Allen's lawyer, studio and publicist weighed in on Farrow's open letter, published online Saturday by The New York Times, in which she claimed that in 1992 at the family's Connecticut home, Allen led her to a "dim, closet-like attic" and then sexually assaulted her. Farrow didn't specify Allen's actions but described other abusive behavior.
The movie director's publicist, Leslee Dart, said in an email Sunday that Allen has read Farrow's letter.
"Mr. Allen has read the article and found it untrue and disgraceful," Dart said, signaling that Allen would fight the claims dating back to Allen's tempestuous relationship with actress Mia Farrow in the early 1990s.
Elkan Abramowitz, Allen's lawyer, said: "It is tragic that after 20 years a story engineered by a vengeful lover resurfaces after it was fully vetted and rejected by independent authorities. The one to blame for Dylan's distress is neither Dylan nor Woody Allen."
Allen was investigated on child molestation claims for the 1992 accusation but was never charged.
Dylan Farrow's open letter didn't urge renewed legal action but a retrial for Allen in the court of public opinion.
But on Sunday, Sony Pictures Classics, which regularly distributes Allen's films including his latest, "Blue Jasmine," urged caution in any rush to judgment.
"This is a very complicated situation and a tragedy for everyone involved," the company said in a statement. "Mr. Allen has never been charged in relationship to any of this, and therefore deserves our presumption of innocence."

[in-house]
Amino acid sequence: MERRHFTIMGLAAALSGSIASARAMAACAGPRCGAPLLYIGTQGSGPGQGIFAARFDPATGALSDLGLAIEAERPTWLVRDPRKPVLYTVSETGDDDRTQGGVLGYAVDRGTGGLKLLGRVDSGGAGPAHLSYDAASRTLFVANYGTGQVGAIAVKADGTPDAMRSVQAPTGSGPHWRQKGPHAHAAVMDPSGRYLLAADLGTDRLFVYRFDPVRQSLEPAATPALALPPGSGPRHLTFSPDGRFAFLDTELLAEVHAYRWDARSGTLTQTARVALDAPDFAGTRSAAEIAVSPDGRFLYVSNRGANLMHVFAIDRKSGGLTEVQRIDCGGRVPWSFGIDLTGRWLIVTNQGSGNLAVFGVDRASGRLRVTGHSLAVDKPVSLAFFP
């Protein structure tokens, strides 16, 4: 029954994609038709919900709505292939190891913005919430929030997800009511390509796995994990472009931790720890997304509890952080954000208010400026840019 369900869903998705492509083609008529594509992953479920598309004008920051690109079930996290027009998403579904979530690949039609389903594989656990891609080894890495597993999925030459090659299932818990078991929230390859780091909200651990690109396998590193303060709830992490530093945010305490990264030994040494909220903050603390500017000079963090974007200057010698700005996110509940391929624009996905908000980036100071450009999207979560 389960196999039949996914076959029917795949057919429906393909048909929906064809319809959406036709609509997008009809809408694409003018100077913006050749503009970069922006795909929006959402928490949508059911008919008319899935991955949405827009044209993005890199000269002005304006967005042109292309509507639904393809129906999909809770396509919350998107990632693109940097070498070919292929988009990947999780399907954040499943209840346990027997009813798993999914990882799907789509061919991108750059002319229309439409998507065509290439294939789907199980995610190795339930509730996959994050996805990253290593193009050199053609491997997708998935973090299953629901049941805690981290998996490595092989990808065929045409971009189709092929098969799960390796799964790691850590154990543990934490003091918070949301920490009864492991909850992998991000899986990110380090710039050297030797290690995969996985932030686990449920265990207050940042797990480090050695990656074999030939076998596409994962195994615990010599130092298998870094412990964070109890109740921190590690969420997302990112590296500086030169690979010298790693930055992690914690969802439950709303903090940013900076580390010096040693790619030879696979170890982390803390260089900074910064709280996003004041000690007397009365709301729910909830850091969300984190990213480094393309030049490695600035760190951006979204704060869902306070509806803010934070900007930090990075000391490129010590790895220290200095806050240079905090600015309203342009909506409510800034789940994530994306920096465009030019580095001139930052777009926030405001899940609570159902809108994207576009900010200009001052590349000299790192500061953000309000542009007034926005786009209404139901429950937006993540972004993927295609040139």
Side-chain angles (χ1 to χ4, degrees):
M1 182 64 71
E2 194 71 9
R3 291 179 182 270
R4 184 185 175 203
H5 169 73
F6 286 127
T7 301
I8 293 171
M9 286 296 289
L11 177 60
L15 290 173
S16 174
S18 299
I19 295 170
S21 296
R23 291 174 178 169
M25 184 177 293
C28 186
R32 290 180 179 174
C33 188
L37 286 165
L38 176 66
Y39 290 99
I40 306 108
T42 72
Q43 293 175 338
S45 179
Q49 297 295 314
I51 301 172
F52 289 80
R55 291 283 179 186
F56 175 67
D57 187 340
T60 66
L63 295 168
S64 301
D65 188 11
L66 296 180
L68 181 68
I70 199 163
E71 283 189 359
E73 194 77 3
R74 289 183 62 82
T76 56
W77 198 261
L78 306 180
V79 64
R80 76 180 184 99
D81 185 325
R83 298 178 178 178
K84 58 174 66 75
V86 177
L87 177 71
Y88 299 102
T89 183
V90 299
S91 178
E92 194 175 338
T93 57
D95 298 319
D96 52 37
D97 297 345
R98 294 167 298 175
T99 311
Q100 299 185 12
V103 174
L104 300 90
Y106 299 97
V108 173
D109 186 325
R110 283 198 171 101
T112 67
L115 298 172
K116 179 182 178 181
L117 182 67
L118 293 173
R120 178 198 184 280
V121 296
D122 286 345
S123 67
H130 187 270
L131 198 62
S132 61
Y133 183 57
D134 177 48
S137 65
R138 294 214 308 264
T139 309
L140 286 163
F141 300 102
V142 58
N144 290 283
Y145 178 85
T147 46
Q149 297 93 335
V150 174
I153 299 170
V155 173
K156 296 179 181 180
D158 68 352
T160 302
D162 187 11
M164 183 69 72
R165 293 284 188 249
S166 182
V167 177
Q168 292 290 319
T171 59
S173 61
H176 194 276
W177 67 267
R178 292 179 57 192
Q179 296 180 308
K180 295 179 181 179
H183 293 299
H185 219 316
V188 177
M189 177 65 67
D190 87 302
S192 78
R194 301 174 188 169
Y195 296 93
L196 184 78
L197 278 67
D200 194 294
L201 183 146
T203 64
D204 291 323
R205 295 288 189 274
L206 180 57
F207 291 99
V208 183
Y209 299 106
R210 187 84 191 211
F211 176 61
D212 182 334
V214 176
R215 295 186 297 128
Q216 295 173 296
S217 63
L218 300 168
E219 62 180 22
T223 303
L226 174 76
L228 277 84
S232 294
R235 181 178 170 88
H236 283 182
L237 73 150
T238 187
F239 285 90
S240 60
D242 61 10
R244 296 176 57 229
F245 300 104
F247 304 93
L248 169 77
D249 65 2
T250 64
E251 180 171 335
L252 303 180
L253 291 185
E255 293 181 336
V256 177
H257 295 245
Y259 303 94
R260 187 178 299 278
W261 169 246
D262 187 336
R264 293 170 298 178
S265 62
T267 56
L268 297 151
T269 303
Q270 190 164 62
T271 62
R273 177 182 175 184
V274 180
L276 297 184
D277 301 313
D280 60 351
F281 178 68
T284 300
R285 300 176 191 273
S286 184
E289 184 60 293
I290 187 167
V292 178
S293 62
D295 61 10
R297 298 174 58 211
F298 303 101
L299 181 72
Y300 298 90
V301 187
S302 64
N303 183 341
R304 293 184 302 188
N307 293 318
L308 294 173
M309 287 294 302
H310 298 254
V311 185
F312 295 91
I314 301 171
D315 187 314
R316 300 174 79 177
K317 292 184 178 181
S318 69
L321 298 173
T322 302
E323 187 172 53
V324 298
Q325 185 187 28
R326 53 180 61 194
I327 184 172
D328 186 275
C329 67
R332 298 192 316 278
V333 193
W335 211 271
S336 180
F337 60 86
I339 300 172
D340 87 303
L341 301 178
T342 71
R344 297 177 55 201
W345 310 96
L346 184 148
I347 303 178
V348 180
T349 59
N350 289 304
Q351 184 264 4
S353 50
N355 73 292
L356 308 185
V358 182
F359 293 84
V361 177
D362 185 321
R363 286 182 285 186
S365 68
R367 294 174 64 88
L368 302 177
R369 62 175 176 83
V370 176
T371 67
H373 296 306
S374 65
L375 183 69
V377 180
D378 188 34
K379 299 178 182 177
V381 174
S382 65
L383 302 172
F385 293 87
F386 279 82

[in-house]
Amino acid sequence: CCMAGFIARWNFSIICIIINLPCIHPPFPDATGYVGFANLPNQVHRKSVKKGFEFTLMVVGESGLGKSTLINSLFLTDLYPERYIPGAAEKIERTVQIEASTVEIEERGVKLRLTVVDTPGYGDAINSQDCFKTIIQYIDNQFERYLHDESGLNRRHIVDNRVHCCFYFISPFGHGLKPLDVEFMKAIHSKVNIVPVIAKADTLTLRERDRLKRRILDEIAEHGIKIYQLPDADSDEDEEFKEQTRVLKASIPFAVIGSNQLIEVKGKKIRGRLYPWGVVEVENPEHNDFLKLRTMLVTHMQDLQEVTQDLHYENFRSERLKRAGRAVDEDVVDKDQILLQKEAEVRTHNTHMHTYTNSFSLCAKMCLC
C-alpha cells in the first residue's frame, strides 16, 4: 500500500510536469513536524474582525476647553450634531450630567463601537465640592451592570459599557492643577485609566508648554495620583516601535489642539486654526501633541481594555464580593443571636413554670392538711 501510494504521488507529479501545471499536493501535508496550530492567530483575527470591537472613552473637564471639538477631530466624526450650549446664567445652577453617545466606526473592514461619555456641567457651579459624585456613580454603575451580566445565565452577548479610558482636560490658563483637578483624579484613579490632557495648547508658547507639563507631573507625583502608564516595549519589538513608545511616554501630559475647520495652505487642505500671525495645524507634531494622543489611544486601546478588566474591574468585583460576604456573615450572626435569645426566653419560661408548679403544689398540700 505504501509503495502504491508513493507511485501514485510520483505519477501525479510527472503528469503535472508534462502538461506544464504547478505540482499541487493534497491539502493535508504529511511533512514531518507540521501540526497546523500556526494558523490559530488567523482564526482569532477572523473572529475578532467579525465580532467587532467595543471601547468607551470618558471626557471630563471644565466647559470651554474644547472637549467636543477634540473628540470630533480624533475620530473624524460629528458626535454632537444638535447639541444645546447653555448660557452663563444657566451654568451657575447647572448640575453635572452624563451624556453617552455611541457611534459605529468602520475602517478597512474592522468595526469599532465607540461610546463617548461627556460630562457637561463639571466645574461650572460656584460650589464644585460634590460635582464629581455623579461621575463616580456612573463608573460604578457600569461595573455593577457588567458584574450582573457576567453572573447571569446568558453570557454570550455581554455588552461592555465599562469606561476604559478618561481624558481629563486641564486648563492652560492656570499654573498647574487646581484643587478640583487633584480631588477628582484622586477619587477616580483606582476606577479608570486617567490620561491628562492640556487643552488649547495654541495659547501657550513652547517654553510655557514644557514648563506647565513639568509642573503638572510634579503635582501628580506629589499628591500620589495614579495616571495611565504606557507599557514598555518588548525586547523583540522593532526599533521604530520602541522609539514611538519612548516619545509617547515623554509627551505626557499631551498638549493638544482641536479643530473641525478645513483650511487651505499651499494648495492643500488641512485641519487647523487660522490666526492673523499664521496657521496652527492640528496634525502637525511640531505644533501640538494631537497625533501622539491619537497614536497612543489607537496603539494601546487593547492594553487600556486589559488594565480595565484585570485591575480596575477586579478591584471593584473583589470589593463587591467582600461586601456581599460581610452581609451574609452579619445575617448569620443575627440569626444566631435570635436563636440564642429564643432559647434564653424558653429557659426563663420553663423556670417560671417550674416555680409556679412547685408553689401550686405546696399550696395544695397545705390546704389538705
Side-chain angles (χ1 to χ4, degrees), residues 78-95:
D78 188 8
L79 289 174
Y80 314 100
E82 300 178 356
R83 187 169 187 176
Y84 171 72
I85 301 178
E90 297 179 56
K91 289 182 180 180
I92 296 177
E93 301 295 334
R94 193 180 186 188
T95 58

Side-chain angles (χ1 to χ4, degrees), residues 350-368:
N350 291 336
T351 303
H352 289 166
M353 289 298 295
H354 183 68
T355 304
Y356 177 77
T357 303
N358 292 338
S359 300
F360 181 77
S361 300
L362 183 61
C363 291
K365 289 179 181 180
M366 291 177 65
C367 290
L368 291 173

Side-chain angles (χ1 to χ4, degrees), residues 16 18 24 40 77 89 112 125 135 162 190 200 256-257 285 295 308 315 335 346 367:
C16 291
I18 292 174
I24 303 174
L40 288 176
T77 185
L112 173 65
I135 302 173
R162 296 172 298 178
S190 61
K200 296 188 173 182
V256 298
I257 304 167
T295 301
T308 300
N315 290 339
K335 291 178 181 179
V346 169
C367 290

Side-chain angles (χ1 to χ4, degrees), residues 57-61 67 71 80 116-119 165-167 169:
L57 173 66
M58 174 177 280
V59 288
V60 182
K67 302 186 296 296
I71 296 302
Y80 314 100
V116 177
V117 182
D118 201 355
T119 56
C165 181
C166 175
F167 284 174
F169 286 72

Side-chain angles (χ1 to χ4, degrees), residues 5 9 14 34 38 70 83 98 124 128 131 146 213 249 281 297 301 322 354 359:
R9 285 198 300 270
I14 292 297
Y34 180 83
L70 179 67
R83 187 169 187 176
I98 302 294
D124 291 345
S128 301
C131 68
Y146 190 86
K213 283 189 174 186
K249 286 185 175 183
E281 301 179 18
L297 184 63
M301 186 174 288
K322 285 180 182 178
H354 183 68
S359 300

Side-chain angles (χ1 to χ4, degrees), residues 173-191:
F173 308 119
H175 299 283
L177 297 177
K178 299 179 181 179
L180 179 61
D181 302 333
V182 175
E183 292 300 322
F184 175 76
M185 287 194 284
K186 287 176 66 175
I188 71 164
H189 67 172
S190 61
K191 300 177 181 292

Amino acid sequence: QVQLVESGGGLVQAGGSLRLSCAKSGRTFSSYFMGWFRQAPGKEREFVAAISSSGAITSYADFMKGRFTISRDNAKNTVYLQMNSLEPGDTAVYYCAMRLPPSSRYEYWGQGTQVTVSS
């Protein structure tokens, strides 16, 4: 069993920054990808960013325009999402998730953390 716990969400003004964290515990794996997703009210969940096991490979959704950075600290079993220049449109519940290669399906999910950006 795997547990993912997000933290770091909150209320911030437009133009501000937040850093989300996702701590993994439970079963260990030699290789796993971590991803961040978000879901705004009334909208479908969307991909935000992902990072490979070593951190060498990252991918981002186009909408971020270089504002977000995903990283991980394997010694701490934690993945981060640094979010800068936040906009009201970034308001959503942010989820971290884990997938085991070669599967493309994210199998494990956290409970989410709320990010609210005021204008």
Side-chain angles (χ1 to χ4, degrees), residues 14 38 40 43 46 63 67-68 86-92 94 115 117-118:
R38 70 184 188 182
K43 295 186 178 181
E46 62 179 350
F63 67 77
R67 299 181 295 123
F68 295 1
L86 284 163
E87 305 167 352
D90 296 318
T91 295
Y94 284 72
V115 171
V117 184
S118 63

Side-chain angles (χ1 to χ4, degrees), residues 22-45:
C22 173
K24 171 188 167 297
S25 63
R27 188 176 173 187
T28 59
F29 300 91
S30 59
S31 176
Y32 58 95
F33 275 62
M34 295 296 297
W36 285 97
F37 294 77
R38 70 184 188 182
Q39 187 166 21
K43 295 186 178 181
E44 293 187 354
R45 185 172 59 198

Ronan Farrow, the son of Allen and Mia Farrow (though she has said ex-husband Frank Sinatra could be the father), said Sunday on Twitter: "I love and support my sister and think her words speak for themselves."
Alec Baldwin, who has starred in Allen films including "Blue Jasmine," was among those Farrow singled out in her letter, asking, "What if it had been your child ...?"
Baldwin responded on Twitter to those demanding a comment from him: "You are mistaken if you think there is a place for me, or any outsider, in this family's issue."
Dylan Farrow's most detailed account of the 1992 encounter returned the spotlight to the original police investigation of Allen. The handling of the investigation was criticized after Litchfield County State Attorney Frank S. Maco said at a news conference that he believed there was "probable cause" to charge Allen but decided against prosecution partly to avoid a traumatic trial for the young girl.
A disciplinary panel found that Maco may have prejudiced the ongoing custody fight between Allen and Mia Farrow by making an accusation without formal charges.
Months before Maco's news conference, a team of child abuse specialists from Yale-New Haven Hospital were brought in to examine the case and concluded that the child had not been molested.
Maco, who retired in 2003, told The Associated Press on Sunday that the statute of limitations on Dylan Farrow's accusations ran out at least 15 years ago. He said he hopes Farrow was able to watch his news conference and read his statement about his decision not to prosecute Allen.
"I hope she has access to that statement, to know what I did and why I did it," Maco said. "I hope she finds some peace and solace at this time."
A spokesman for the Connecticut Division of Criminal Justice said Sunday that the prosecutor's office won't re-examine the case unless the office is asked.
The 1992 allegation came shortly after Allen became involved with Mia Farrow's adopted daughter, Soon-Yi Previn. Allen, then in his mid-50s, was not the adoptive father of Previn, who was about 19 at the time. The two married in 1997 and have two adopted daughters.